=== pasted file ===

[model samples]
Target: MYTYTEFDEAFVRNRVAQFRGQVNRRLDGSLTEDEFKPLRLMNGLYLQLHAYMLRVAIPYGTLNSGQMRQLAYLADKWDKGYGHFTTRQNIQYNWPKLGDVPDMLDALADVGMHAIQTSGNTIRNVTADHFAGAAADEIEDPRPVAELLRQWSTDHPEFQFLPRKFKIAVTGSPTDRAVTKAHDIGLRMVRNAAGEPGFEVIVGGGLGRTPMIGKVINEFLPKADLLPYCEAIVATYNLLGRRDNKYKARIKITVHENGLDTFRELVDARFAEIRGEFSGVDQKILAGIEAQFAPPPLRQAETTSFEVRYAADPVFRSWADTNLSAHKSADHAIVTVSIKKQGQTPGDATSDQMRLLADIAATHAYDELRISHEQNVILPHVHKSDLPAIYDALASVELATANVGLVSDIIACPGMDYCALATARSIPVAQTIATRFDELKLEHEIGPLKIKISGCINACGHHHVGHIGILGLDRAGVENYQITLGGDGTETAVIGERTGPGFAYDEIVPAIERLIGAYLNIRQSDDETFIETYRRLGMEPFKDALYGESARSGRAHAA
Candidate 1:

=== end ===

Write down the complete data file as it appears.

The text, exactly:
[model samples]
Target: MYTYTEFDEAFVRNRVAQFRGQVNRRLDGSLTEDEFKPLRLMNGLYLQLHAYMLRVAIPYGTLNSGQMRQLAYLADKWDKGYGHFTTRQNIQYNWPKLGDVPDMLDALADVGMHAIQTSGNTIRNVTADHFAGAAADEIEDPRPVAELLRQWSTDHPEFQFLPRKFKIAVTGSPTDRAVTKAHDIGLRMVRNAAGEPGFEVIVGGGLGRTPMIGKVINEFLPKADLLPYCEAIVATYNLLGRRDNKYKARIKITVHENGLDTFRELVDARFAEIRGEFSGVDQKILAGIEAQFAPPPLRQAETTSFEVRYAADPVFRSWADTNLSAHKSADHAIVTVSIKKQGQTPGDATSDQMRLLADIAATHAYDELRISHEQNVILPHVHKSDLPAIYDALASVELATANVGLVSDIIACPGMDYCALATARSIPVAQTIATRFDELKLEHEIGPLKIKISGCINACGHHHVGHIGILGLDRAGVENYQITLGGDGTETAVIGERTGPGFAYDEIVPAIERLIGAYLNIRQSDDETFIETYRRLGMEPFKDALYGESARSGRAHAA
Candidate 1: